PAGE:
Climate Justice – an (un)Reachable Peak?

As the eighth day dawns of COP26 the negotiations will be reaching their crisis point. These reflections from university Chaplain Jane Speck and Chaplaincy PA Sarah Mills address how to keep hope alive, acting individually while calling for system change from governments and business.


Jane Speck:

We all need to start small, but think big.  If living a spiritual life teaches us anything, it teaches us that we’re all connected.  Not humanity alone but all of creation, intertwined and interdependent.  The way each one of us lives has reverberations around the planet; every Google search (how many of them do we do each day?) pumps carbon into the atmosphere somewhere else in the world – but equally, each decision we make to not buy plastic or to switch off a light will have an impact for the good. 

As I said last week, the small actions matter.  But this week it’s time for governments and big business to commit to the big actions that will make the biggest difference. 

Whatever is your practice – prayer, meditation, holding in the light – it’s time to do it now, now more than ever.  The delegates in Glasgow need us; let’s build up all our individual acts of hope into a mighty roar for change, as we insist that we can make a difference if we all work together.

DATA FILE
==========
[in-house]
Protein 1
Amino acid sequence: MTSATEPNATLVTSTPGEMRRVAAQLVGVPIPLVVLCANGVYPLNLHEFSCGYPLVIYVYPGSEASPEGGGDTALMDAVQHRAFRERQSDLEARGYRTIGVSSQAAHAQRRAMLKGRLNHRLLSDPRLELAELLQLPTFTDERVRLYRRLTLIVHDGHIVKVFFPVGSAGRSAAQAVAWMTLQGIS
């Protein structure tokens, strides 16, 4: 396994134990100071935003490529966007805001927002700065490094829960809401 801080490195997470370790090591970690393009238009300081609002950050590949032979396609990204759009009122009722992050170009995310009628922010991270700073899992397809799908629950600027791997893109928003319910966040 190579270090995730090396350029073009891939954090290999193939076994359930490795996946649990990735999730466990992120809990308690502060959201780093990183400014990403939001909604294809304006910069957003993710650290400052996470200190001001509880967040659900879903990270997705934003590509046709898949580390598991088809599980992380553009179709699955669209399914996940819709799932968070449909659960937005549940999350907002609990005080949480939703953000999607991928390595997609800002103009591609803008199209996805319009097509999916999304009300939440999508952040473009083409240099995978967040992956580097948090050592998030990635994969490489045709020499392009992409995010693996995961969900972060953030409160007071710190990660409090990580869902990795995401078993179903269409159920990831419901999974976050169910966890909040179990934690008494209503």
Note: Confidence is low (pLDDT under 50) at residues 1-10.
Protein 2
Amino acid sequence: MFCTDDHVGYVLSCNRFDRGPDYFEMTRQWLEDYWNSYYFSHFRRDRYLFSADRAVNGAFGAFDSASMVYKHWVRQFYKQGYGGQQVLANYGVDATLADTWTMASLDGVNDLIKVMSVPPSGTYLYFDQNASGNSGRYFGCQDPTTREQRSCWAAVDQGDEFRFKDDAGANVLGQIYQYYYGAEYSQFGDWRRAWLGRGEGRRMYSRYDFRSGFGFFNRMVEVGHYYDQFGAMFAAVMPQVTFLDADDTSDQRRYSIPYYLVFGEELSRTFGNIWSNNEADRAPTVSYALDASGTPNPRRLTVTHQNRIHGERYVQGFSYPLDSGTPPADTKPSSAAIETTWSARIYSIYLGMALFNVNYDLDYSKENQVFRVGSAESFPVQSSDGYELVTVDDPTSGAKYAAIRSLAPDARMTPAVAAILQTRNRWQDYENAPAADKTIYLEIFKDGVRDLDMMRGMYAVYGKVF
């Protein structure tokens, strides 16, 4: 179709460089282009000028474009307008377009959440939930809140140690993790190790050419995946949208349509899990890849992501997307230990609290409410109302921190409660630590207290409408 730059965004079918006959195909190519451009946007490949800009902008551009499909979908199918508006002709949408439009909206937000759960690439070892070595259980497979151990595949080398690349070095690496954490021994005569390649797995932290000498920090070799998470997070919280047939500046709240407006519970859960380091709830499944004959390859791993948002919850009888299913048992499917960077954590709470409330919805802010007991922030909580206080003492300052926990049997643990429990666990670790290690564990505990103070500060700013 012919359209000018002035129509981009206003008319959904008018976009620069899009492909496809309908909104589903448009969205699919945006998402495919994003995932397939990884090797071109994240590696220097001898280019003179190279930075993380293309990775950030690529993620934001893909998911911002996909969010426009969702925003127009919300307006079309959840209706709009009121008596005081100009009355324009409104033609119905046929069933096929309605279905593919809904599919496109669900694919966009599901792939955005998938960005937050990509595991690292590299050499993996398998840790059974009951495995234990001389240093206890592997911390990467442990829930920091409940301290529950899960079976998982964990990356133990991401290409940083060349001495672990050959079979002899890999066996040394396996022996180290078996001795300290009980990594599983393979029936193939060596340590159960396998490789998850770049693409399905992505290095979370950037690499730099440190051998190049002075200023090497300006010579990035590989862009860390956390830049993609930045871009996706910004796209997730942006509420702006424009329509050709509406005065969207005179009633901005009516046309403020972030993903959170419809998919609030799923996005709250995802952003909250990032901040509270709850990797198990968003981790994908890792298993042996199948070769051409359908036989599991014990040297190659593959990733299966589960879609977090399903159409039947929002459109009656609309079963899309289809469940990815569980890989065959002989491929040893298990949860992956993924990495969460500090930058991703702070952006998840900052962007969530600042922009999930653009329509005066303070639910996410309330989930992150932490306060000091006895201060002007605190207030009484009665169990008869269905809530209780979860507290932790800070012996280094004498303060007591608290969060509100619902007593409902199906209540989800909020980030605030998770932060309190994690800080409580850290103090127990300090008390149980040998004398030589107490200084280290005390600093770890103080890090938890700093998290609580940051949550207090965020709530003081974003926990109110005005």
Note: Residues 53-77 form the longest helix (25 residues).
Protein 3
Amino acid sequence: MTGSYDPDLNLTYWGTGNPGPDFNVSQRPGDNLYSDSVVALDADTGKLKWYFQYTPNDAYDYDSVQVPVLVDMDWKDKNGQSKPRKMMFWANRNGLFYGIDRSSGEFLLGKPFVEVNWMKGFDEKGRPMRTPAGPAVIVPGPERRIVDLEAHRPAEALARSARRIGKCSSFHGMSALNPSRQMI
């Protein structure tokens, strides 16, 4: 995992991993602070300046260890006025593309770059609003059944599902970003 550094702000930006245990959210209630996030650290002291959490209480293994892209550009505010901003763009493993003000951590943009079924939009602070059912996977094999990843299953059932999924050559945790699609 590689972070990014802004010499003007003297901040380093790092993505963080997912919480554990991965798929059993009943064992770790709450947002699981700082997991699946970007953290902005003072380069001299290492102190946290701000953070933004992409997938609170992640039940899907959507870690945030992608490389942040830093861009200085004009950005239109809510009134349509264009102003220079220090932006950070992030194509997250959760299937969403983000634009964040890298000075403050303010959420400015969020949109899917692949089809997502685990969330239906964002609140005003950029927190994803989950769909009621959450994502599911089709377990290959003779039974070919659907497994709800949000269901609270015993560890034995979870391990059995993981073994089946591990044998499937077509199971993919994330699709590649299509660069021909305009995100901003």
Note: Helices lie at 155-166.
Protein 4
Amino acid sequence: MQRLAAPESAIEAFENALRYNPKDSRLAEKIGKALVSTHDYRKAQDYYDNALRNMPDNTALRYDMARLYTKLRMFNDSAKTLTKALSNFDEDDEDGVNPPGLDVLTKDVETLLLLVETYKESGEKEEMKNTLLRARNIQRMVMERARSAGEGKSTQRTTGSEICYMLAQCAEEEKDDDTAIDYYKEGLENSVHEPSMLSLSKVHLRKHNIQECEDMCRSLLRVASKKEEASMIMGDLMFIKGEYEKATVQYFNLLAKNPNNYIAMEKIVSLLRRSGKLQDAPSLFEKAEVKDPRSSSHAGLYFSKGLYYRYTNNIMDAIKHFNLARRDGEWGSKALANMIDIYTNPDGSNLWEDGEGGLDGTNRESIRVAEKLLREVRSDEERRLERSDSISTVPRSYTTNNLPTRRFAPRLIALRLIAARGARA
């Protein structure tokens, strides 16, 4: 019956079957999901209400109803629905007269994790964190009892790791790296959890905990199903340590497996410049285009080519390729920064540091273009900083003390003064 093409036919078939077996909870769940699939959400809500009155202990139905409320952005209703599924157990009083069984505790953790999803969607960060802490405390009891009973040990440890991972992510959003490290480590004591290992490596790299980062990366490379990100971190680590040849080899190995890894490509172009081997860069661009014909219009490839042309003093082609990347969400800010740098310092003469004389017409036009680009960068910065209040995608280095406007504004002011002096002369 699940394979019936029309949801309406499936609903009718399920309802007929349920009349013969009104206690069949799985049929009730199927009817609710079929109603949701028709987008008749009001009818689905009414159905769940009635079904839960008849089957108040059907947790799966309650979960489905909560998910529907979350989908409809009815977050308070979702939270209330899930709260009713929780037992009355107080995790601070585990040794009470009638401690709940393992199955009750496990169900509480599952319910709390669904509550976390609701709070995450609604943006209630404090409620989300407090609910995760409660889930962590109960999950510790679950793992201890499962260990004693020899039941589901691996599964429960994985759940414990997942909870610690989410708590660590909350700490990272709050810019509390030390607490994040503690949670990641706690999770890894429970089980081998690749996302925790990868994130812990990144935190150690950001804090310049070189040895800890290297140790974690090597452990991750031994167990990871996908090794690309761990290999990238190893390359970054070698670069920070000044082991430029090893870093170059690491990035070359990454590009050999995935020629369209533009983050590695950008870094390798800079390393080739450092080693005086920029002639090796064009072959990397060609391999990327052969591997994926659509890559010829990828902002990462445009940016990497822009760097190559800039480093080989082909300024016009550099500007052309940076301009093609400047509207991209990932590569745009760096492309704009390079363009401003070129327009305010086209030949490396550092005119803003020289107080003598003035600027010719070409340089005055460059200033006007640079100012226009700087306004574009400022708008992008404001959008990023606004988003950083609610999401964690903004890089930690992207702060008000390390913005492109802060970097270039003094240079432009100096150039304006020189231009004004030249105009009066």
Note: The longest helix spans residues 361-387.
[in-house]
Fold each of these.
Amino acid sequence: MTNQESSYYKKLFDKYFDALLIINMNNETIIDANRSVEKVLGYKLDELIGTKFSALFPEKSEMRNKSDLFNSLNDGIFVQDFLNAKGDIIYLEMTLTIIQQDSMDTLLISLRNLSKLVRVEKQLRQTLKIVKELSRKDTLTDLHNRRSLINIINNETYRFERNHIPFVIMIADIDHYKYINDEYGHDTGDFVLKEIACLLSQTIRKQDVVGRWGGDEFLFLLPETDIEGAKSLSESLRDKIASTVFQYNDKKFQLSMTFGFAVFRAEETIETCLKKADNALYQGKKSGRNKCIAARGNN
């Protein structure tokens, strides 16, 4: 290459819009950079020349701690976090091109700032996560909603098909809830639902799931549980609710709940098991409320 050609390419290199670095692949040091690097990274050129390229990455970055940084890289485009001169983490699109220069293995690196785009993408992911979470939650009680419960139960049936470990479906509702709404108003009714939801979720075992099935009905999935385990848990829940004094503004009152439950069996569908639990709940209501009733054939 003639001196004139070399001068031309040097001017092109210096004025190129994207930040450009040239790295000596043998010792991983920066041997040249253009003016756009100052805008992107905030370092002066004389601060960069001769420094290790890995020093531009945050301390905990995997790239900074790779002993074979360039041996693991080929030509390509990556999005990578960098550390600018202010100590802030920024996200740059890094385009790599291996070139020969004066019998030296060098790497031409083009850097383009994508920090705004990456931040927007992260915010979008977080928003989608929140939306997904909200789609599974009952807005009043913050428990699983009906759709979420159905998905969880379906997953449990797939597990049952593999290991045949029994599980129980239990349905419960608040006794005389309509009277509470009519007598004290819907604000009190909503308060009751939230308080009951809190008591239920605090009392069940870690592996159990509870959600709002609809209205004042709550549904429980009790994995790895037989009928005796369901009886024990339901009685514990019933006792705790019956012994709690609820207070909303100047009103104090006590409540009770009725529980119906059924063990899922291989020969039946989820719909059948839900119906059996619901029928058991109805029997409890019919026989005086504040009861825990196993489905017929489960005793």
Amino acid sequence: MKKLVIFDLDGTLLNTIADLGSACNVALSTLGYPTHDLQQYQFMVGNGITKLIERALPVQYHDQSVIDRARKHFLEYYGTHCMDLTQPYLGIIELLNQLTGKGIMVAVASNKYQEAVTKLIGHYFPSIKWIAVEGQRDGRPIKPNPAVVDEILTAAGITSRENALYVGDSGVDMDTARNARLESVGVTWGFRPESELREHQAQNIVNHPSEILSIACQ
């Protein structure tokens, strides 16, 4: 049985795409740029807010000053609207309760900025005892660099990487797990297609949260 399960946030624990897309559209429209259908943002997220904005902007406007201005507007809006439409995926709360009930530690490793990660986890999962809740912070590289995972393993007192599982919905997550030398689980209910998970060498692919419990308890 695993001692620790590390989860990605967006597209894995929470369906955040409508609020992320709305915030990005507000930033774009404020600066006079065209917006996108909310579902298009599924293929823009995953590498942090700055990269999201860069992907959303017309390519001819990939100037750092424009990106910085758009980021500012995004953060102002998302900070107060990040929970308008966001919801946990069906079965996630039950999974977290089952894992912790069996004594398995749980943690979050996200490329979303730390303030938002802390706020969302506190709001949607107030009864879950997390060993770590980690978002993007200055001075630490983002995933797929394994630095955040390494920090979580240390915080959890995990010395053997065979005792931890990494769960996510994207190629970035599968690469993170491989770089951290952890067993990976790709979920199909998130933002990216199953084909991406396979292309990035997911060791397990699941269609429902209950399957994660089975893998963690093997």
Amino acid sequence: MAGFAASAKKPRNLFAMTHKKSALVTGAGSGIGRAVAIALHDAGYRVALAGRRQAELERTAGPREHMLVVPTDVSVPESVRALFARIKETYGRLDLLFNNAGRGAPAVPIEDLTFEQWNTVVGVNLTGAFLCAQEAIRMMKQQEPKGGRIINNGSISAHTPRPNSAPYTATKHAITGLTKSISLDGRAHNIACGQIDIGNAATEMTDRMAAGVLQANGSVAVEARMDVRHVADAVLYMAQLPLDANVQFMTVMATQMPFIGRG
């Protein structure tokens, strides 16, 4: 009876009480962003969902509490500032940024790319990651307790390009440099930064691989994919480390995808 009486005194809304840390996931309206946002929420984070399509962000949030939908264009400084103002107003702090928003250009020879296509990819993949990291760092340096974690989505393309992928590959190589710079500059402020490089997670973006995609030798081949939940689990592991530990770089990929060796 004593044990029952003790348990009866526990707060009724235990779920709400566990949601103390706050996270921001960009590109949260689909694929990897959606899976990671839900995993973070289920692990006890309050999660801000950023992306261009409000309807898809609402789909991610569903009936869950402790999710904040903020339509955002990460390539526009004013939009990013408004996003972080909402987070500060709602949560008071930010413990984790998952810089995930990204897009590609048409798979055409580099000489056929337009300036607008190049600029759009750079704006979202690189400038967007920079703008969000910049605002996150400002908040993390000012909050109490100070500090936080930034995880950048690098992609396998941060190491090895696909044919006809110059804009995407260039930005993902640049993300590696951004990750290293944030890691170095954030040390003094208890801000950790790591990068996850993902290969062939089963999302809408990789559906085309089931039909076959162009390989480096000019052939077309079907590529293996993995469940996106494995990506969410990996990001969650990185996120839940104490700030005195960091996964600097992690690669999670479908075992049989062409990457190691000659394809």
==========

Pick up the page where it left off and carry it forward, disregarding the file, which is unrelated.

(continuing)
God bless, 


Thought for the Week: 

“The only thing necessary for the triumph of evil is for good people to do nothing.” 

(Misattributed to Edmund Burke.  Made inclusive by me.) 


Sarah Mills: 

For years we’ve seen pictures of polar bears, burning forests and fumes billowing from chimneys, we’ve read dire headlines about rising sea levels and increasing temperatures, but these scientific findings are just the tip of a much larger problem. Environmental changes are having unprecedented and catastrophic social, political and economic impacts on people.

Whilst recognising the need for climate justice is the first step to a solution, I find myself quickly engulfed by a wracking desperation that we’ve gone too far already. That nothing I do can actually make a difference to the carbon output of fossil fuel companies or the lives of those affected by flooding.

But there is hope.

Our knowledge is our power. We know what activities are most damaging and we know how behavioural shifts can mitigate these problems.

So, although there will be days of frustration, feelings of helplessness and times when you can’t believe another SUV has just driven passed you in York, we can each do one thing every day which makes a difference. Whatever we’re capable of, we are able to create sustainable, positive habits.

We shouldn’t let our fear feed inaction. Instead, accept the enormity of the problem and take strength that our small actions can collectively change lives, not just sea levels.


Tomorrow’s perspective comes from Maria Fernandes Jesus, Psychology lecturer, on how young people are turning their climate activism into action.